You can't make friends without making a few enemies, especially in a zombie survival situation.

You can’t make friends without making a few enemies, especially in a zombie survival situation.

The game is navigated in an adventure-style format. You can switch between environmental scenes, interact with objects and explore your surroundings. Combat is kept at a minimum, but who needs it? The story’s twists and character development are a welcome replacement for endless, though sometimes fun, zombie grinds.

The dialogue and the voice acting in this game are a match made in heaven. Each character brings their round of quirks to the table. Lee welcomes into his group, among other characters, a trigger-happy news reporter, a gruff Air Force veteran, a meek Air Force recruit (wait a sec, um) a tomboyish ninja, a happy bum, and a comic book store dude. Such a variety of personalities and interactions makes for intriguing fare. You’ll also (briefly) meet a few characters from the comics themselves, including Glen, a major character, and Lily Caul, one of the Governor’s soldiers.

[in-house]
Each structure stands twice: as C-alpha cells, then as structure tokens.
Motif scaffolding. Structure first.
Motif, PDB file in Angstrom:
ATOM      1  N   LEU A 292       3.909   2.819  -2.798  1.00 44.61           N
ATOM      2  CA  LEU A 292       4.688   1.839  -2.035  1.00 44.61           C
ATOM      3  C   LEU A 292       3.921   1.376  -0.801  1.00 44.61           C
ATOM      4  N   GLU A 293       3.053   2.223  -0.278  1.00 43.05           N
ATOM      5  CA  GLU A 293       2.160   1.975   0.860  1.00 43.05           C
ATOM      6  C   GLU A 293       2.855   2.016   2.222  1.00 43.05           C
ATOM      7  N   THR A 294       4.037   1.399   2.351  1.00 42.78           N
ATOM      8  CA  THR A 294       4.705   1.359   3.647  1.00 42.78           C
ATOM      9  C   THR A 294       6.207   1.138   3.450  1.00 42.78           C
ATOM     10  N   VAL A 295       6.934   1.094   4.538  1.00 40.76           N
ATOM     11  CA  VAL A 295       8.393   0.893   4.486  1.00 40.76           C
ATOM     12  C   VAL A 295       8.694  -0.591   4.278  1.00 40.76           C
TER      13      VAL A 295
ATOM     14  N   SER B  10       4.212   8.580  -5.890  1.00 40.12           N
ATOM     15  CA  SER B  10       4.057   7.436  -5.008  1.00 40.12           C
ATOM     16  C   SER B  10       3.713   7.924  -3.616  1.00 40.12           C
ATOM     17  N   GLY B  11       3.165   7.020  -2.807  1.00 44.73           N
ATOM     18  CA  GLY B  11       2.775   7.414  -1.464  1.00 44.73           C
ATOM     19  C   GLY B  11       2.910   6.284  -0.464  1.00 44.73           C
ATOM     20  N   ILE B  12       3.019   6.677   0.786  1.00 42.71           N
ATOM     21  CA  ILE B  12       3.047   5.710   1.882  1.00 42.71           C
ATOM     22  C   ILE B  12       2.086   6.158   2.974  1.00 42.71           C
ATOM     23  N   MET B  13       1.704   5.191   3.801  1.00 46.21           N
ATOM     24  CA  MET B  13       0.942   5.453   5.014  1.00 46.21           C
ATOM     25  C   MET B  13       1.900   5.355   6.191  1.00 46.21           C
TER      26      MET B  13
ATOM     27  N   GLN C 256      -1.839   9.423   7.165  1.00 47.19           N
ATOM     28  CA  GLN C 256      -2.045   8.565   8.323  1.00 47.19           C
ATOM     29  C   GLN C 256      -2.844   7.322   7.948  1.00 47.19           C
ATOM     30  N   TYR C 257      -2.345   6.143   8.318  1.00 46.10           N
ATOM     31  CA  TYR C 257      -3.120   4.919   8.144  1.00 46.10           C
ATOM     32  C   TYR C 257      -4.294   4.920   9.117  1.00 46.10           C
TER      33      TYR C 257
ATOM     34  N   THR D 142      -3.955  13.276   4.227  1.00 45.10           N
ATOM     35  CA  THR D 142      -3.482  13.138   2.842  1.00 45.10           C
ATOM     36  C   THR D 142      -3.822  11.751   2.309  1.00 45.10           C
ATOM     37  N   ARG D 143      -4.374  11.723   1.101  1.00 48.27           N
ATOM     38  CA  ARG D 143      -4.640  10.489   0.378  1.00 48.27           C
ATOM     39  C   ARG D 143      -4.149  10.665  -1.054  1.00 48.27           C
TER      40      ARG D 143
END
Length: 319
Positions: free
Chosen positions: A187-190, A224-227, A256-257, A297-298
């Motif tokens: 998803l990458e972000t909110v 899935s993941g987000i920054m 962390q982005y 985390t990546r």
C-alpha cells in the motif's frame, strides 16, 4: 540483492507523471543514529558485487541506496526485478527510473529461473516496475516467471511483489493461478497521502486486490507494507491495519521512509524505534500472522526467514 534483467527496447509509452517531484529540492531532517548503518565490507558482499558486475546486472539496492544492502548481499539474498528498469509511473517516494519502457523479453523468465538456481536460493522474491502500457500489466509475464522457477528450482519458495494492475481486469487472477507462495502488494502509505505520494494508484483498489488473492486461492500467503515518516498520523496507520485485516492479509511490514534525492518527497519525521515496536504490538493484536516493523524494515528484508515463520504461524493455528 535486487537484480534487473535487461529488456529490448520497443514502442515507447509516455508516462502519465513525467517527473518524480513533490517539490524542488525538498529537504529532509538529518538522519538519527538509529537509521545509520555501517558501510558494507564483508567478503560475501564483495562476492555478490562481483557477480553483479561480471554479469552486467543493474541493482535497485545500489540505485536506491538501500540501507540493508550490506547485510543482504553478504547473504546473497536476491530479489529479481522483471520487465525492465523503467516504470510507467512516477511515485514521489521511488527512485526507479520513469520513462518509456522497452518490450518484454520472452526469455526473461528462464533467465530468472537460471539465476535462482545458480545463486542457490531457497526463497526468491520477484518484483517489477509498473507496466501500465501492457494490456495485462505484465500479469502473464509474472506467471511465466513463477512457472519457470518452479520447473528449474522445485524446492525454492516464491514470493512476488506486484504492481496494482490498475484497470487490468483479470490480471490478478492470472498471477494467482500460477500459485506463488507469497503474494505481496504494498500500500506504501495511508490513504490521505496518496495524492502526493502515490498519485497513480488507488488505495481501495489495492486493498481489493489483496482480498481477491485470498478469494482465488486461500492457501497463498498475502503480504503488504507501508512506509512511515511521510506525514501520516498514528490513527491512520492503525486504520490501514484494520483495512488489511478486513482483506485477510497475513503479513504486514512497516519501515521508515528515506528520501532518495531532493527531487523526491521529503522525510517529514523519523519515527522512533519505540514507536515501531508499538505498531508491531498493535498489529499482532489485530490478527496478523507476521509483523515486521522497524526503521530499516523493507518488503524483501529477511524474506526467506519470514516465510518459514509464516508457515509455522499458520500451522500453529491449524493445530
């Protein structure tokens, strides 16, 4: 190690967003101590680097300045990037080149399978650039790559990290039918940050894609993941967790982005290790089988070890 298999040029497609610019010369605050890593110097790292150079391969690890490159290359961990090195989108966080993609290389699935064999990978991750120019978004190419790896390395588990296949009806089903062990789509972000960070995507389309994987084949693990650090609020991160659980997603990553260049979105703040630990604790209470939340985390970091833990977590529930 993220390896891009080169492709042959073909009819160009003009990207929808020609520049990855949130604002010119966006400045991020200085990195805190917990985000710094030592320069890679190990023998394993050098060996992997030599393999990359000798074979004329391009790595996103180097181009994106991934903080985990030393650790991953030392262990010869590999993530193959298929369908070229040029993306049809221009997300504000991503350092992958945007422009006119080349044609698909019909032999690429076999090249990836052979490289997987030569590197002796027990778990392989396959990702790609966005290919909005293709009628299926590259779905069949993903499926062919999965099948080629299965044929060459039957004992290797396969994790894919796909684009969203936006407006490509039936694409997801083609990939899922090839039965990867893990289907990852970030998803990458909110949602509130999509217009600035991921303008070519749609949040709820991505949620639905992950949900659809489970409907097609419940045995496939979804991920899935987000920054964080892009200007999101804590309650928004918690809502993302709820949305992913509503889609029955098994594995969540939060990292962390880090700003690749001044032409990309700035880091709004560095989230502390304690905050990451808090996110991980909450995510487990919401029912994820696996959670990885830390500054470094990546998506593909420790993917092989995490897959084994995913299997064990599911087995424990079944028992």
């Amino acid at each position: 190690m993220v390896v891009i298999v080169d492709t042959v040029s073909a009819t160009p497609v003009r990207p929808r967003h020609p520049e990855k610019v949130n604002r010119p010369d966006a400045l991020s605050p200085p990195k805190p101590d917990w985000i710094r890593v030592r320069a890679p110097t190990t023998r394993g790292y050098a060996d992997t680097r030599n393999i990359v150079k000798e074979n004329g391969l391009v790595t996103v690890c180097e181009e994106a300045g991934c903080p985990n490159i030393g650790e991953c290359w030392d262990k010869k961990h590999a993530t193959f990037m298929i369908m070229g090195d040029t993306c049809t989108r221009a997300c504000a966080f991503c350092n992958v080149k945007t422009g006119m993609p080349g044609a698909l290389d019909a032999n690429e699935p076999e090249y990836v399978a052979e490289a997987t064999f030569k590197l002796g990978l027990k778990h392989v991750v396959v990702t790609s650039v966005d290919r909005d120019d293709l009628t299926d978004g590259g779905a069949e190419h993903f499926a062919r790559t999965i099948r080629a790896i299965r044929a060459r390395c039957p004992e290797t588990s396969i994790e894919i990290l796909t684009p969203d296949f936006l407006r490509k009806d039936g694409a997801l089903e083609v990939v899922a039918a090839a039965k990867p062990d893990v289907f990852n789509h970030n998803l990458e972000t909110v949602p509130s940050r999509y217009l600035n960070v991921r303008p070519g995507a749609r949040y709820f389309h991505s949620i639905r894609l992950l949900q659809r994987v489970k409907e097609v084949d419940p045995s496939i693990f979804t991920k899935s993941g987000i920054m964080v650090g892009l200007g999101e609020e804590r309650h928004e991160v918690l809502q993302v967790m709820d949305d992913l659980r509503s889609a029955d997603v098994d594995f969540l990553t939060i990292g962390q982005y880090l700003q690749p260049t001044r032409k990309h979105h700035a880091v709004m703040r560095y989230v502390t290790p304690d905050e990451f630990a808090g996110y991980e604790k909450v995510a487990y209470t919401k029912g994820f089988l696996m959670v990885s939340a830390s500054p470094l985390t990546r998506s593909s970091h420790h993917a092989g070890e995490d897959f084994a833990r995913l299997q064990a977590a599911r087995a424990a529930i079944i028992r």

Aside from survival, the main goal of the game is to look out for Clementine, the sweetest little girl forced to grow up quickly in a harsh new world.

Aside from survival, the main goal of the game is to look out for Clementine, the sweetest little girl forced to grow up quickly in a harsh new world.

This game’s drawing upon inspiration from the comics doesn’t stop at story. The game’s artwork is a beautiful, thick-lined 3D rendition of a graphic novel style. A few realists out there might be put off by the cartoonish visuals, but I stopped caring as I got more invested in the story. The visuals pack their own artistic wallop and are surprisingly fitting for a zombie apocalypse story.